1984.1 (Surveillance) January 8, 2012Posted by FCM in authors picks, books!, pop culture, radical concepts.
Tags: george orwell
i had the opportunity to read orwell’s “1984” recently. i dont remember if i ever read it before, having blocked out most of my junior high school years, but i can say for certain that this time was my first time reading it through a radical feminist lens. as everyone probably knows, 1984 is about a “dystopian depiction of totalitarian society” and is supposed to be SCAWY! disturbing! cautionary! tale! my response: meh. welcome to my world, dood. and, mary daly tells it better.
as everyone probably knows already…this classic tale is told from the perspective of some dood who fancies himself a part of the resistance to an oppressive totalitarian regime that places extreme controls on its citizens in both public and private. this, even as he works every day creating propaganda including destroying the past, and rewriting history to serve the interests of the state. literally rewriting it, as in changing facts, and destroying all existing evidence that things didnt really happen the way the state says it did. once the proof of the actual history was destroyed, like first person accounts for example, where the witnesses were exterminated and the story rewritten, it was impossible to prove or even credibly maintain that it happened the way it really happened, *or* that there was any fraud afoot. prove it! and you cant. (more on “the memory hole” to follow in part 2. mary daly does *that* better too).
in the beginning, its our doodly protagonist’s *thoughts* that are allegedly revolutionary, and he very slowly and timidly moves to action which includes, apparently, taking an oath of willingness to do “anything” for the resistance, including perpetrating extreme violence without asking any questions about it (but without ever actually doing anything at all — srsly, absolutely nothing happened in this book); and having PIV.
wait, its revolutionary to have PIV? when literally EVERYONE is already doing it under the current regime and they always have? oh, okay! and its especially revolutionary when the woman’s *thoughts* about it are positive. talk about thought police. are women ever going to stop falling for that one? i hope so.
anyway, the surveillance aspect of orwell’s frightening totalitarian regime made me laff and laff. as *women* are being surveilled constantly by men, and we live under a frightening totalitarian regime run by men, understanding that this story was intended to be fiction, and a uniquely cautionary tale that was nearly inconceivable to everyone until orwell put it to music struck me as funny mkay? hello! women cannot get away from men. many women sleep with men, men are there all the time, all the time (even in orwell’s world, you were safe from scrutiny in the dark, as long as you were quiet. not in womens world! or, not in het womens world anyway).
when orwell wrote about the “telescreens” that were present in every single room, even the bathroom, he may as well have been talking about womens reality of being watched, scrutinized and thought-policed by men and patriarchal institutions 24/7. in the case of the telescreens, it was very scawy that there was no way of knowing when you were being watched and when you werent, (meaning, whether an actual person was reviewing the video or not) so you had to assume you were being watched at all times and act accordingly. so, in the interest of self-preservation, policing yourself became second nature. how terrible would that be? wow. how dehumanizing. how demoralizing.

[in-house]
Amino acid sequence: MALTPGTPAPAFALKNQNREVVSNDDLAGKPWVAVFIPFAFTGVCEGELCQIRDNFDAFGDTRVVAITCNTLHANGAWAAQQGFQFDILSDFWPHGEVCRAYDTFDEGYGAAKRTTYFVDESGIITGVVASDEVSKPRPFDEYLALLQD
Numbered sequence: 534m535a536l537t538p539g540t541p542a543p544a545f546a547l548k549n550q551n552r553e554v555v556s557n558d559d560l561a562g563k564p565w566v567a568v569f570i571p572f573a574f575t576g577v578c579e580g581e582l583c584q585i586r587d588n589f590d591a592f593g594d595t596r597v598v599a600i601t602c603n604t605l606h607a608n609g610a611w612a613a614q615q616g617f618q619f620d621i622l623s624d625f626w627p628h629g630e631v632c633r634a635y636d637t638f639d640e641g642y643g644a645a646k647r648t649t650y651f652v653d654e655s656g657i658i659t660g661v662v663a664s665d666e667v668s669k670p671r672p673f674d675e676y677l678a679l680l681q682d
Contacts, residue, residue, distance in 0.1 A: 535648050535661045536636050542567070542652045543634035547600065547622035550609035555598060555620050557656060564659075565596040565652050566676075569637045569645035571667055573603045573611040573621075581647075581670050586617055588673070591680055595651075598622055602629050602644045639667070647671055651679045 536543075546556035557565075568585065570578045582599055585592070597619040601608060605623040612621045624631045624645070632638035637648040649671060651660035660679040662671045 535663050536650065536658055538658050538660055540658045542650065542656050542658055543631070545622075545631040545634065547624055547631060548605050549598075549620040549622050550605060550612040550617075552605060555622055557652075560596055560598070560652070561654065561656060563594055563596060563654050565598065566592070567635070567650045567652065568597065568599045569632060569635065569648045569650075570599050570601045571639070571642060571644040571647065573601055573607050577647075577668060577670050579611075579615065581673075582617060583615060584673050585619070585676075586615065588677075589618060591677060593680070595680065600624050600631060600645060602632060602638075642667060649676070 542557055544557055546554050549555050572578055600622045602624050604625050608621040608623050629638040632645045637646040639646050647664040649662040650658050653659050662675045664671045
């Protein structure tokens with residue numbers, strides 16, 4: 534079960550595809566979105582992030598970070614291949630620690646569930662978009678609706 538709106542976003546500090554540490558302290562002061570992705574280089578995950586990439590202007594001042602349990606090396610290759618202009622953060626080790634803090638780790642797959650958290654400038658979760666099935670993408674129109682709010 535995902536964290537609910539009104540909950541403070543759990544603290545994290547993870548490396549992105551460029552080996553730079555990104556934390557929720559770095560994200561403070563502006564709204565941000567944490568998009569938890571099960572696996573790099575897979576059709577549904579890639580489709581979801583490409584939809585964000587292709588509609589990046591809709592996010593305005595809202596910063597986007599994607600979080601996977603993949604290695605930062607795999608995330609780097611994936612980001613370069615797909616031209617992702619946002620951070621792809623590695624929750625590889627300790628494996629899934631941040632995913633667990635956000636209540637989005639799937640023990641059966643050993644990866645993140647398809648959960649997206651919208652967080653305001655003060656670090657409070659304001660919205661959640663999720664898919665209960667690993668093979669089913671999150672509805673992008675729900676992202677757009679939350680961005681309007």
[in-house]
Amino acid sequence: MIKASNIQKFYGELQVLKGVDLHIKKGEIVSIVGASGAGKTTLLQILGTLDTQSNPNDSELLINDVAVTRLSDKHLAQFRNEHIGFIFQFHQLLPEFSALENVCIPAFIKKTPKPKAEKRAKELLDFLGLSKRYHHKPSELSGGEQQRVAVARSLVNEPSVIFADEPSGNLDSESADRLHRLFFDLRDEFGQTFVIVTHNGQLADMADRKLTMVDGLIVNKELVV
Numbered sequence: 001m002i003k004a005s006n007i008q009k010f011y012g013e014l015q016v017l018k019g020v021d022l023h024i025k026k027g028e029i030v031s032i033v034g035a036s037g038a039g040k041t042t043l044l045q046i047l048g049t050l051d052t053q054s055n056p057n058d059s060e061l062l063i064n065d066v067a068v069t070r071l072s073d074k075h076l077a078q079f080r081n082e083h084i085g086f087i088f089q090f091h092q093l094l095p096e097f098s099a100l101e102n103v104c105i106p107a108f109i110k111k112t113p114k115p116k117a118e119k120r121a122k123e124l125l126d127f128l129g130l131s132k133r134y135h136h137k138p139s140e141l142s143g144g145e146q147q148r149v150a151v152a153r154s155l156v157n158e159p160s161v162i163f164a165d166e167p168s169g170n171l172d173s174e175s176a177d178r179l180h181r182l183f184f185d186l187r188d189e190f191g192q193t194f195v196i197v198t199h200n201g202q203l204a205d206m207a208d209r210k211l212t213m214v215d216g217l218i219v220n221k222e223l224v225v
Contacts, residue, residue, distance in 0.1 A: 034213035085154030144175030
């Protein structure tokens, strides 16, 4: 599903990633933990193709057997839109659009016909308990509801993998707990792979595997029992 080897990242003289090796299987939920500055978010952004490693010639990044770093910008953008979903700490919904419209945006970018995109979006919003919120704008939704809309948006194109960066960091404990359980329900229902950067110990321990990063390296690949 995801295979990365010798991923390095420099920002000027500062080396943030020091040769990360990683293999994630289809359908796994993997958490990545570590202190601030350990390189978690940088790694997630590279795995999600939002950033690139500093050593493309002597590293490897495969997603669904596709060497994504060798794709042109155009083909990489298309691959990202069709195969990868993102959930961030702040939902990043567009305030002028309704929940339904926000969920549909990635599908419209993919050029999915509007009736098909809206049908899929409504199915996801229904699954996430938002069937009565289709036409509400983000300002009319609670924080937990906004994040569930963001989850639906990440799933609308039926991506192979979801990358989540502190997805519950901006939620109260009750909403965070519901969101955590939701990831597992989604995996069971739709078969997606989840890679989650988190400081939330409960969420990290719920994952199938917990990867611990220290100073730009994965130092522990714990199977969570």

in the presence of orwells telescreen, it was advisable to wear a pleasant facial expression at all times. this was to quell suspicion that one was engaging in “thoughtcrime”. ok that sounds familiar. pictures of the loathsome “big brother” on every wall, in every home and workplace and public space (hmm, like artwork? framed pics of boards of directors? portraits of governors, justices, or the president?) there were no laws, no written ones anyway, but everyone knew that certain activities and behaviors (and facial expressions!) were reasonably likely to result in negative outcomes. wow, that sounds really terrible, doesnt it? it frequently takes a brilliantly tortured male artist’s mind to come up with such implausible extremes that have never come to pass and hopefully never will.
the bad guys also infiltrated, baited, lied, and utilized networks of spies to surveil the oppressed class under orwells unthinkable totalitarian regime thats never happened, thank god. and what the oppressed class was *thinking* was what the oppressors wanted to know. not what they were doing, or planning to do, but what they were thinking, in their own private spaces and within their own hearts and minds. now thats good totalitarian oppression.
interestingly, in orwell’s universe of over-the-top fearmongering, oppressive controls in both public and private, and harsh consequences for
any deviance thoughtcrime, our doodly protagonist eventually figures out that capitulation doesnt work: once he had engaged in thoughtcrime, he was doomed and he knew it. so, he just continued merrily down that road, come what may. of course, having engaged in thoughtcrime and therefore branding himself a deadman, the proper thing to have done wouldve been to commit suicide before they came for him. thats for anyone interested in being a good citizen under an oppressive totalitarian regime that surveils you, violates your obliterates the concept of privacy, and monitors not just your actions but your thoughts too.
of course, in orwells world, upon recognizing oneself as a deadman, it seems that its “human nature” to suddenly become interested in staying alive for as long as possible.
SO. was orwell right about that? and are women human?
stay tuned for part 2.